Montreat Gate.

Lodge Site Selection

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Over the last two weeks I’ve described a proposed new project in Montreat to construct modern lodging on the conference center campus, and I’ve made the case for its need. This week I want to tackle the question that has become the focus of discussion and contention: How did the conference center board select the proposed site for construction?

Having investigated the possibility of renovating one or more of our existing lodges without success, we began to look at the promise of new construction. The thought of a new building was daunting in one sense; the conference center has not constructed a new building of significant size in thirty years. Yet the opportunity to build new – rather than retrofit to accommodate the outdated – presented substantial advantages in design, cost savings, and a much easier path to maintain compliance with modern building codes.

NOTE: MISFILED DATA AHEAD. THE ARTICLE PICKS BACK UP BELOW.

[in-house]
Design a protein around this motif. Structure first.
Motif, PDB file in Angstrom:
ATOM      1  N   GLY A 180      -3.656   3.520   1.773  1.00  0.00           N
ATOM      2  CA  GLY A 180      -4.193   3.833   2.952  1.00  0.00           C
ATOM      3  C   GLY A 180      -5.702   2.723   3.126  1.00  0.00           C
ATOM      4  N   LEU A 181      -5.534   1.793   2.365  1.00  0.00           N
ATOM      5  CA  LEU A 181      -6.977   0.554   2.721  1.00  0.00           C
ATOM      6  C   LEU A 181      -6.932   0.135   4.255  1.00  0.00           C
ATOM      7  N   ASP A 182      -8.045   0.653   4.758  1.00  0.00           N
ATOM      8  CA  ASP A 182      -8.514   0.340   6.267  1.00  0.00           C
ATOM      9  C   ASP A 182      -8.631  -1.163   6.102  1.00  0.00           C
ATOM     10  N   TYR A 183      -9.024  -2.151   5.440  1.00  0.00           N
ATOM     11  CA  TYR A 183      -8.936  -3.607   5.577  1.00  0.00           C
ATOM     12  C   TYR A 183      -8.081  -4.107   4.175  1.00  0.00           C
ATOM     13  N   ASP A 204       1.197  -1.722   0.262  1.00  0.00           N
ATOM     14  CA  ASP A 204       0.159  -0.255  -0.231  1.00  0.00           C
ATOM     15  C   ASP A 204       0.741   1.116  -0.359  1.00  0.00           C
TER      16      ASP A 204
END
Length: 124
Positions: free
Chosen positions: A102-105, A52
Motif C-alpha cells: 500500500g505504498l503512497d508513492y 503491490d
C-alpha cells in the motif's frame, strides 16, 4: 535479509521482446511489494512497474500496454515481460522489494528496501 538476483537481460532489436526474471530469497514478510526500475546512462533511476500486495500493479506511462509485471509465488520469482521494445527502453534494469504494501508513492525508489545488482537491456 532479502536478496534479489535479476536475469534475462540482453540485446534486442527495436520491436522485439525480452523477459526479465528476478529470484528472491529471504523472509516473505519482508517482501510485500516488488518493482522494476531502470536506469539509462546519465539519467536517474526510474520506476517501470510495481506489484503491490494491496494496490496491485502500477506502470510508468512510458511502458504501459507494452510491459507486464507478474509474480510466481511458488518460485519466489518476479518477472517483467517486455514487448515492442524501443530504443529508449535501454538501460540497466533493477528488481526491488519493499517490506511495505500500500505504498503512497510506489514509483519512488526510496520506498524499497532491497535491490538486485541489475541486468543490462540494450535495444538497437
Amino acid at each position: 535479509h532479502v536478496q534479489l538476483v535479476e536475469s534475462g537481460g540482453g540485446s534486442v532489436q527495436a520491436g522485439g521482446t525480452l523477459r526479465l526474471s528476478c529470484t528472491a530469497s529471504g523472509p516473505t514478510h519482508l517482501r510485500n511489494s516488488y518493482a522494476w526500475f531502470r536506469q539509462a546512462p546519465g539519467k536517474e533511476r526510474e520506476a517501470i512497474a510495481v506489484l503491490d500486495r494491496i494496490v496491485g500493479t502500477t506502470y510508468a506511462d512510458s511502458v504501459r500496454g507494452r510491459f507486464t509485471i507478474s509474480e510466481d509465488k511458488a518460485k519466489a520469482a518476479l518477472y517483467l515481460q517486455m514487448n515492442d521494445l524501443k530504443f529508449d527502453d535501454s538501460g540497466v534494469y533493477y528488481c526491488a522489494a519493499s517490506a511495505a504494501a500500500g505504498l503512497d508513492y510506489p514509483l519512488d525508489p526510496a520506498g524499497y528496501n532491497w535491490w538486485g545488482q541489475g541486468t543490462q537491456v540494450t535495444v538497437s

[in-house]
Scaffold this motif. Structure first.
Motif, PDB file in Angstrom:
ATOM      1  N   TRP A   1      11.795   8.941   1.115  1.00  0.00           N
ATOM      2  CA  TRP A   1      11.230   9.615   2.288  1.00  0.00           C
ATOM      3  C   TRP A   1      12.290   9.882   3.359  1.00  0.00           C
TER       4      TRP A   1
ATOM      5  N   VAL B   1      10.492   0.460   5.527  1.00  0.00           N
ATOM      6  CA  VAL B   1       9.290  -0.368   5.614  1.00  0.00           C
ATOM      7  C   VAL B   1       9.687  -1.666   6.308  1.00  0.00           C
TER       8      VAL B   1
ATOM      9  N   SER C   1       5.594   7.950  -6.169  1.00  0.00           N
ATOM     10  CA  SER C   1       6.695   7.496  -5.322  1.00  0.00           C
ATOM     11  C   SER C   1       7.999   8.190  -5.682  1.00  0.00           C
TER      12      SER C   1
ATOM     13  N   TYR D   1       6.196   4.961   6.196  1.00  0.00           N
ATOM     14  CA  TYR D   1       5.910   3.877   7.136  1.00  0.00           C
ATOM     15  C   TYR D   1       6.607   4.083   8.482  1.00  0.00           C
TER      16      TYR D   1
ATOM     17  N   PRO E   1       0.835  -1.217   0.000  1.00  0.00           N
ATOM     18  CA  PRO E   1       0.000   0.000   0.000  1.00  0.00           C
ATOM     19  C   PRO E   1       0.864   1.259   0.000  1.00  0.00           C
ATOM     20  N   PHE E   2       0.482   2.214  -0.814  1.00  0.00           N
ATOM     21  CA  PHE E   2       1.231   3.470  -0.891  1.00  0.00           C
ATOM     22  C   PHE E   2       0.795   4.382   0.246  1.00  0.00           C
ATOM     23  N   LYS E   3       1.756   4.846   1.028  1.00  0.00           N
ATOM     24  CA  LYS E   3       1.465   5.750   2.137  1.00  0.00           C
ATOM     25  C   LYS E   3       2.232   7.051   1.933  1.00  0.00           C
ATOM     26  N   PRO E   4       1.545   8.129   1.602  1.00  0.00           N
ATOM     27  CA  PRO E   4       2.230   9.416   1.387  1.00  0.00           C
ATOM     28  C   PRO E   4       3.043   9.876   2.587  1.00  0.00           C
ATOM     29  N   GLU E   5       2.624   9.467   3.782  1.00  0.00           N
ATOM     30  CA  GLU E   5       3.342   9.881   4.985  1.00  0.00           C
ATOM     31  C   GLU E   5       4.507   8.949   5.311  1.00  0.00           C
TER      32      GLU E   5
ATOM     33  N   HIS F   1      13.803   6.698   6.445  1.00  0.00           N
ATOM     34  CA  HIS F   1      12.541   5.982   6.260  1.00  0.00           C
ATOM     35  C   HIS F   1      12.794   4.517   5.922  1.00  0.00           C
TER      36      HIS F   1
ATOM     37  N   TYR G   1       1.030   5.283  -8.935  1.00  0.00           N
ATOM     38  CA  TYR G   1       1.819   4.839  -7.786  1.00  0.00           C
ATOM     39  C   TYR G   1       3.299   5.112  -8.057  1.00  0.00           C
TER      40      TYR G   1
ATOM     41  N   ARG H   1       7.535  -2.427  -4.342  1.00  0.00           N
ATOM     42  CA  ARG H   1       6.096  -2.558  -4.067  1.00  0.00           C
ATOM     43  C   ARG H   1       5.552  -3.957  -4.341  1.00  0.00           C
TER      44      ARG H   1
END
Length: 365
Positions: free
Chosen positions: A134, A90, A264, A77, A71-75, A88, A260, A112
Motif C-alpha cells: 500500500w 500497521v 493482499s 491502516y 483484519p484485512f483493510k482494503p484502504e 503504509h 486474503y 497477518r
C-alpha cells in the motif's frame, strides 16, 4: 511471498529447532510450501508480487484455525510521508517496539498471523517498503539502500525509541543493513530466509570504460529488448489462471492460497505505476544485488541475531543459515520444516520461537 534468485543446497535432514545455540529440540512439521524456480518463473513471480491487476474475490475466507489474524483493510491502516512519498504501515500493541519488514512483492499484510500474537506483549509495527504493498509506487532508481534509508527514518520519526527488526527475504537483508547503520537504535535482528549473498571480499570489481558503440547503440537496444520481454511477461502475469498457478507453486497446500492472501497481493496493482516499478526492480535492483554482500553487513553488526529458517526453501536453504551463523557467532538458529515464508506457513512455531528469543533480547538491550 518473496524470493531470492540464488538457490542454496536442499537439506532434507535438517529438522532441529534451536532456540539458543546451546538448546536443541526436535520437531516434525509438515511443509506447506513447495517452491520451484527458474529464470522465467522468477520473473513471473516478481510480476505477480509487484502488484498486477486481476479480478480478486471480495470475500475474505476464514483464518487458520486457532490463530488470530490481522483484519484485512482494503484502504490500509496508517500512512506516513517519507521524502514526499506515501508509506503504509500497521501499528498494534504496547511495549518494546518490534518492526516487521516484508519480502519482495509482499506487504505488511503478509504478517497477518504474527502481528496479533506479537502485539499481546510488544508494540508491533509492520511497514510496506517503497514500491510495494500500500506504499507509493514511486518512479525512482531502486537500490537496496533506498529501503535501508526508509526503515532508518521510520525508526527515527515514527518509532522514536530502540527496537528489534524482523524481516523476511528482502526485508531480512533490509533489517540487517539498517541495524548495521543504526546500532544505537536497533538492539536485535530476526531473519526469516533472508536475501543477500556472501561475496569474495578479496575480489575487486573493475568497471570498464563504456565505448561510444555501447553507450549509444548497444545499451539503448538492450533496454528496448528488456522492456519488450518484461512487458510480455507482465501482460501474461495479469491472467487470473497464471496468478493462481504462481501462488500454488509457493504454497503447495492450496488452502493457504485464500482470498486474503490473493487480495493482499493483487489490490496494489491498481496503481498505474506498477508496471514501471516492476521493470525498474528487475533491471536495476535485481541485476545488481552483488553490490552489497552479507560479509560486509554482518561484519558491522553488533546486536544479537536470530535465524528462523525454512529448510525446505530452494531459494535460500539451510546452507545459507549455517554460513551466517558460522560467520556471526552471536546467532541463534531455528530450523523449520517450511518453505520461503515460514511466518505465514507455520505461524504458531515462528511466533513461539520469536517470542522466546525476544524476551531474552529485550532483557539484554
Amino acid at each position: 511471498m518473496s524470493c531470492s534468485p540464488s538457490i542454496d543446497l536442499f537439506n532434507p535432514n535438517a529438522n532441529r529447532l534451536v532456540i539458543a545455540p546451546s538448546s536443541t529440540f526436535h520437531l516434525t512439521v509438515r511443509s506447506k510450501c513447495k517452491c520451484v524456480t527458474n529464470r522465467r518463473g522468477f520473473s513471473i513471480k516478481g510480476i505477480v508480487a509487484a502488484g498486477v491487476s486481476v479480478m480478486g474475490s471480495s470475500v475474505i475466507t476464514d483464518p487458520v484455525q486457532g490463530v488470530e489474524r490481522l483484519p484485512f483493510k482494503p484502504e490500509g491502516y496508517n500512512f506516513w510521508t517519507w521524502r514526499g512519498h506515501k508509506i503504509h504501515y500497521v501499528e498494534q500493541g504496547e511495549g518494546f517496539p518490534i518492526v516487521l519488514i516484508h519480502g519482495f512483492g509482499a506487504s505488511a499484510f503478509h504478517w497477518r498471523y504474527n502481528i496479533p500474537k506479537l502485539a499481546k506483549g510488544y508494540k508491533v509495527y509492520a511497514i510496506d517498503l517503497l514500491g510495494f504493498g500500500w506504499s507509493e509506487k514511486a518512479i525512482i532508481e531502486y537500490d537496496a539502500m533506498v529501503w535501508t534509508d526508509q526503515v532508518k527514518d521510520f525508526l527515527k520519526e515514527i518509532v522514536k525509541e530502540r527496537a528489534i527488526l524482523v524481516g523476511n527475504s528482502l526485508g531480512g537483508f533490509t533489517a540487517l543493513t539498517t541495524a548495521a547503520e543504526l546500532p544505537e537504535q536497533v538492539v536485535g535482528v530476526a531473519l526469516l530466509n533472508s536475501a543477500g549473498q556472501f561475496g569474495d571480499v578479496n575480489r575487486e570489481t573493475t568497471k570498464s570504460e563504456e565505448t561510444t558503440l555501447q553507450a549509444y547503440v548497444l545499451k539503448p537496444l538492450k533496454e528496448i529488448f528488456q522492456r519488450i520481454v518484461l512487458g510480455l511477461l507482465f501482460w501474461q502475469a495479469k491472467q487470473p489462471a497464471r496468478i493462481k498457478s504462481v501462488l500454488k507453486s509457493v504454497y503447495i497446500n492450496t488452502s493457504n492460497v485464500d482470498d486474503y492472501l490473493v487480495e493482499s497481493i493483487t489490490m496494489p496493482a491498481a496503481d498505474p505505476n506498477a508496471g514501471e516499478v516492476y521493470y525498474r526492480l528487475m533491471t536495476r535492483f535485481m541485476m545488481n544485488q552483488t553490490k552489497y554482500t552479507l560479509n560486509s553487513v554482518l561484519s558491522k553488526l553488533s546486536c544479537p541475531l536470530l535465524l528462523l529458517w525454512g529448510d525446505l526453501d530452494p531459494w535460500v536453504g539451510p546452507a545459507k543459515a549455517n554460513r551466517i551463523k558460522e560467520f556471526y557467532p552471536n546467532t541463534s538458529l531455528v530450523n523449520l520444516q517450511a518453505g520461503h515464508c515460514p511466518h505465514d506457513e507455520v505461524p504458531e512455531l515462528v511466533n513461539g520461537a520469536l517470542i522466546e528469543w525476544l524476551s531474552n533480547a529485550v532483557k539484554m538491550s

The goals would remain the same: 1) a convenient location; 2) accessibility, particularly for older guests; and 3) privacy, in the form of private bathrooms. In particular, we greatly prioritized the goal of building in the center of town. With this in mind we considered our options:

Undeveloped land: One idea would be to build on one of the few remaining undeveloped parcels of land the conference center owns. Three of those options – land off Harmony Road, above Kentucky Road, and at the Lookout Road/Oklahoma Road intersection – were quickly discarded. The land in these areas is neither centrally located nor supported by any infrastructure. The fourth parcel sits across the street and up the hill from McAllister Gymnasium on Assembly Circle; it received consideration, but was also judged less than ideal for a host of reasons. 

Acquisition: A second option would be to acquire a site, but the choices here were unattractive as well. First, options are greatly limited. Other institutional property in Montreat either wouldn’t be suitable, isn’t for sale, or both. Importantly, we recognize that our institutional partners all operate in the valley as distinct and important ministries of their own. We collaborate in many mutually beneficial ways, and changes in property ownership between us must serve the interests of both participating institutions. Such an opportunity that meets the goals of our search just doesn’t exist right now.